Articles

Mister Rogers viral image: The story of the boy

By Maura Judkis - The Washington Post
The boy's name was Tommy Paulhamus. The "was" should tell you that his story does not have a happy ending. But on the day my father captured the now-iconic image of him with Mister Rogers in 1978, which was widely shared after the Newtown shootings — when he was not yet five years old, living in what was then called the Home for Crippled Children — Tommy was quite happy, indeed.

Nisswa resident one of few men in early childhood education

By Jessica Larsen - Staff Writer - Brainerd Dispatch
Bill Cruz is not your average student.

In fact, he’s the exact opposite of the 19-year-old white woman that typically sits in the desk of Jeanette Rydberg’s early childhood classes.

At 47, Cruz is the second man in two decades to graduate from Central Lakes College’s Early Childhood AAS program at the Brainerd campus.

That’s something both he and Rydberg want to change.

Special Education Doctoral student is Florida’s 2013 Teacher of the Year

By Martin Haro - Florida International University


When pre-K, special education teacher Alexandre Lopes stood on stage at the 2013 Florida Department of Education/Macy’s Teacher of the Year Award ceremony in Orlando the evening of July 12, he fully expected to hear the name of one the other four Teacher of the Year finalists announced as the winner.

Maths teacher James Whiteley nominated for Pride of Australia Medal

by Kara Vickery - PerthNow
He's the man who made a difference.

When students were ready to drop out of Willetton Senior High School, they decided to try again because of him.

When one girl didn't attend classes because she had depression, he was the one who rang her at home every day to see if she was all right.

That man is maths teacher James Whiteley, whose lessons in life went way beyond the classroom.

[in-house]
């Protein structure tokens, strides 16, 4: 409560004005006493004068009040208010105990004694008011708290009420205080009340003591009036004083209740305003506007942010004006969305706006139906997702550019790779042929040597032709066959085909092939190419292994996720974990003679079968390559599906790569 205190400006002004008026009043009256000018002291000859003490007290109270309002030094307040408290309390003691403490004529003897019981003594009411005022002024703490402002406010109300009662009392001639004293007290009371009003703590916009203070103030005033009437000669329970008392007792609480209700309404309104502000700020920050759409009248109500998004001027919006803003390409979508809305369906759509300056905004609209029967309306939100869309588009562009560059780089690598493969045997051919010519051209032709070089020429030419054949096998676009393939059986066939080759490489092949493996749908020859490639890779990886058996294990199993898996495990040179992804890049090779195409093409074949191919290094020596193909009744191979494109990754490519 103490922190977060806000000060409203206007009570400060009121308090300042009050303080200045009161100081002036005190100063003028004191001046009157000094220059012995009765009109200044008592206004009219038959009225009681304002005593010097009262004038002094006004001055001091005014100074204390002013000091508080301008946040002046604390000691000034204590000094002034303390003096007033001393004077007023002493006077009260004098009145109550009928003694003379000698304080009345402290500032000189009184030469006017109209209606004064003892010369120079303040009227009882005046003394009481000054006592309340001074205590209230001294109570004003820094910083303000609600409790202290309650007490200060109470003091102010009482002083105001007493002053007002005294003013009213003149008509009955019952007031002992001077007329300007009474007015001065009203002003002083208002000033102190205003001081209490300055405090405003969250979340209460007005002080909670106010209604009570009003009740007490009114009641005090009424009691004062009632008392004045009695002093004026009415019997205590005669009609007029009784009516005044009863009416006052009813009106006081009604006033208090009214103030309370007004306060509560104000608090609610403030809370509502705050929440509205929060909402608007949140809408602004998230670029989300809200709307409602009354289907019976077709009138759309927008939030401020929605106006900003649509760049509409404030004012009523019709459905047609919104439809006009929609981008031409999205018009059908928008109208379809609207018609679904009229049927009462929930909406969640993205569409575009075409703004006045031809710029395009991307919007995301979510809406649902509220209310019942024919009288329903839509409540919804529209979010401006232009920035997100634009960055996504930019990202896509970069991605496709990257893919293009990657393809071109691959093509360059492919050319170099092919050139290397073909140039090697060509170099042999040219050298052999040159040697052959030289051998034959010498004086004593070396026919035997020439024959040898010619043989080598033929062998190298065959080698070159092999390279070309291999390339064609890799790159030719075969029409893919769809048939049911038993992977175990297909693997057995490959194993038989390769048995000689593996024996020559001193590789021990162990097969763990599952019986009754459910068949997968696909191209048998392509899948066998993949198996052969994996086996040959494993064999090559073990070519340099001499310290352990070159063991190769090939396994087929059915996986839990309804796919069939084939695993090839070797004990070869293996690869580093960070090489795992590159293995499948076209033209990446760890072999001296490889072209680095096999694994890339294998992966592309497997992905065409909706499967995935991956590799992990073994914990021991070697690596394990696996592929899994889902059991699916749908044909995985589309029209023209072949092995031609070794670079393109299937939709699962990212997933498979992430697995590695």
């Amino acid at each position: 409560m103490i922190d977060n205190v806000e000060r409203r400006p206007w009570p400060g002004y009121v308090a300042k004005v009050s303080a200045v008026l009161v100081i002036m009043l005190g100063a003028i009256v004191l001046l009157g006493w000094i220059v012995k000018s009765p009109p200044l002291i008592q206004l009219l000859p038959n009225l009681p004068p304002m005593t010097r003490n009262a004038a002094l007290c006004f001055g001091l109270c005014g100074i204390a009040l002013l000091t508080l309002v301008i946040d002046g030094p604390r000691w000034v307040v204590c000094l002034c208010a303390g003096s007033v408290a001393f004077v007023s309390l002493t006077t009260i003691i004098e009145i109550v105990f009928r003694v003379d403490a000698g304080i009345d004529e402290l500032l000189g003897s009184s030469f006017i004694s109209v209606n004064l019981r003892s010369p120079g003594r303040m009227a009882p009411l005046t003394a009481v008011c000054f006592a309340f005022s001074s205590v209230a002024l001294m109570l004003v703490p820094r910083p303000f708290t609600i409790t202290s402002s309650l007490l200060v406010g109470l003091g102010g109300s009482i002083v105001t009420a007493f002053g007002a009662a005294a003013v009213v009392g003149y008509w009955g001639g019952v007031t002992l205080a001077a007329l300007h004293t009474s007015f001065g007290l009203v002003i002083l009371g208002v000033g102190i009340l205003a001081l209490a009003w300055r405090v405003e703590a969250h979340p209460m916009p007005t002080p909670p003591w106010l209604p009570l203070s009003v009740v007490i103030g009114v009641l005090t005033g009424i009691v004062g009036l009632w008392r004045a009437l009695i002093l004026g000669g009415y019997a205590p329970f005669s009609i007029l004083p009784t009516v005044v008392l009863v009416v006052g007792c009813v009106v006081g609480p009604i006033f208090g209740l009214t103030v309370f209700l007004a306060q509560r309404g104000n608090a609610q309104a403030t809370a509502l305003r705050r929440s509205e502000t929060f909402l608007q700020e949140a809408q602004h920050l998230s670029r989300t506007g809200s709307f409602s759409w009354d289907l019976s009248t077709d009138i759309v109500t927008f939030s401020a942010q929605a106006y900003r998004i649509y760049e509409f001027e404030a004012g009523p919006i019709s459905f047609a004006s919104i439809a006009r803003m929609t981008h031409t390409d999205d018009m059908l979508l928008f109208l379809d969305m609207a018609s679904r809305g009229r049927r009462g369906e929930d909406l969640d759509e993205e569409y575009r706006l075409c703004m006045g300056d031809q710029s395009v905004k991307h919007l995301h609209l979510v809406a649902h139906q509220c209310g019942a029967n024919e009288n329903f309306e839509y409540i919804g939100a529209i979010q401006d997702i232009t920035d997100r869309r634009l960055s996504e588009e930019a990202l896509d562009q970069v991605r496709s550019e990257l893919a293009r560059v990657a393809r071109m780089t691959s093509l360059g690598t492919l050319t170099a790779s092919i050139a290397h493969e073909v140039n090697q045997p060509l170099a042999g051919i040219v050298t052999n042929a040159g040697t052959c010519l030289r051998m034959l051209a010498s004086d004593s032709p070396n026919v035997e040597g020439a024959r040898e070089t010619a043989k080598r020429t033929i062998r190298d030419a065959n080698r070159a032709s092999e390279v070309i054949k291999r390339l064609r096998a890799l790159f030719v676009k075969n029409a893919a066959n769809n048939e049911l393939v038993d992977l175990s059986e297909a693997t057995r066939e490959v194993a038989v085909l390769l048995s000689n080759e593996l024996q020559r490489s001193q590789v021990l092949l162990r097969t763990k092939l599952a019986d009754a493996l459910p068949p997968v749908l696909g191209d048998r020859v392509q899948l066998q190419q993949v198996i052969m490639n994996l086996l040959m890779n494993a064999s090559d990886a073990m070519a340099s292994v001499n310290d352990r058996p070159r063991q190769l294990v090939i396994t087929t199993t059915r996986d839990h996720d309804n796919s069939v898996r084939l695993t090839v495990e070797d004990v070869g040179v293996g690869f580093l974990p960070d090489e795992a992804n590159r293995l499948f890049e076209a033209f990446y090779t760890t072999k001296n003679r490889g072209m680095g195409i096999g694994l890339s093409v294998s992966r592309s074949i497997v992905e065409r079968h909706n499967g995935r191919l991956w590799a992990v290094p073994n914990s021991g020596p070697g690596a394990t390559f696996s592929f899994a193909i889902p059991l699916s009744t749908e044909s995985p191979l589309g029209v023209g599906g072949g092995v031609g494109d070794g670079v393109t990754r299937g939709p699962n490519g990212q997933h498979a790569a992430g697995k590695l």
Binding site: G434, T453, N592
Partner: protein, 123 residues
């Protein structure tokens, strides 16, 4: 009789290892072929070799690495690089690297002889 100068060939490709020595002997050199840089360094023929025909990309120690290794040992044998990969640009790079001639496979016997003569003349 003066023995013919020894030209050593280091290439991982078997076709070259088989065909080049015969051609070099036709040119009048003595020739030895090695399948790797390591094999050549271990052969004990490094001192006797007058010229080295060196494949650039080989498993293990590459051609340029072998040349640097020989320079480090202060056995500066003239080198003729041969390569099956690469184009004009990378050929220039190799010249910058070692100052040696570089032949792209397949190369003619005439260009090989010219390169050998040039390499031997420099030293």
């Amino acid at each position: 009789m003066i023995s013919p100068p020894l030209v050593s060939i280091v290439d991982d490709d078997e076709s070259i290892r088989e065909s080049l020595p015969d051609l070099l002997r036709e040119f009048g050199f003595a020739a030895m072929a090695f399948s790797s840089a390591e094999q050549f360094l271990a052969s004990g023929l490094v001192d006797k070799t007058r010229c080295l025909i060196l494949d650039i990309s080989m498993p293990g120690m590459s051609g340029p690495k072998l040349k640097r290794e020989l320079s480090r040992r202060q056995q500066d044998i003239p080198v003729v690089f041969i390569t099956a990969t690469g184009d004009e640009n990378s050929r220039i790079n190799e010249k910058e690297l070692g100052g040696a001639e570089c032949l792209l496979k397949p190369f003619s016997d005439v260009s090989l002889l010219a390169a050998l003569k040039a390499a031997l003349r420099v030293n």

Movie: Children of Life

JapaneseMr. Kanamori, a teacher of a 4th grade class, teaches his students not only how to be students, but how to live. He gives them lessons on teamwork, community, the importance of openness, how to cope, and the harm caused by bullying.

Teacher of Year Davis tries to meet students where they are

By Andy Powell - Times Staff Writer
Selling cellphones might seem to be a far cry from teaching young children, but Matt Davis, the Attalla school system elementary school teacher of the year, believes his business background is a big asset.

South Carolina has 1st male Head Start teacher of the year.

By Linda Conley - (Spartanburg) Herald Journal
When a young child can identify shapes, colors and numbers, it is like planting a seed to produce good fruit for head start teacher Marcus Tate.

Nurturing a seed carefully is a lesson he learned growing up while working on the farm with his grandfather in Cherokee County. Tate, a teacher at Piedmont Community Action's Z.L. Madden Head Start Center in Spartanburg, has transferred some of those gardening tips to the classroom.

My Quest to Teach: African American Men and Teaching

by William Jackson
The recent news reports about the lack of African American teachers has caused concern that men are not choosing the profession of education. As an African American teacher at an elementary school and third generation educator. I find that effectively teaching African American youth does not rest in having more African American male teachers present in the classroom as teachers and administrators, male teachers must have a passion to teach.

Hoping Black male teachers make a difference

By Nisa Islam Muhammad - The Final Call
Spend an hour at Maya Angelou Public Charter Middle School and you immediately notice something's different. There's an abundance of Black men and they're not just custodians or security.

Advocates say schools need more male teachers

by Kevin Hardy - TimesFreePress.com
Rick Hall's third-grade classroom has a boy's touch.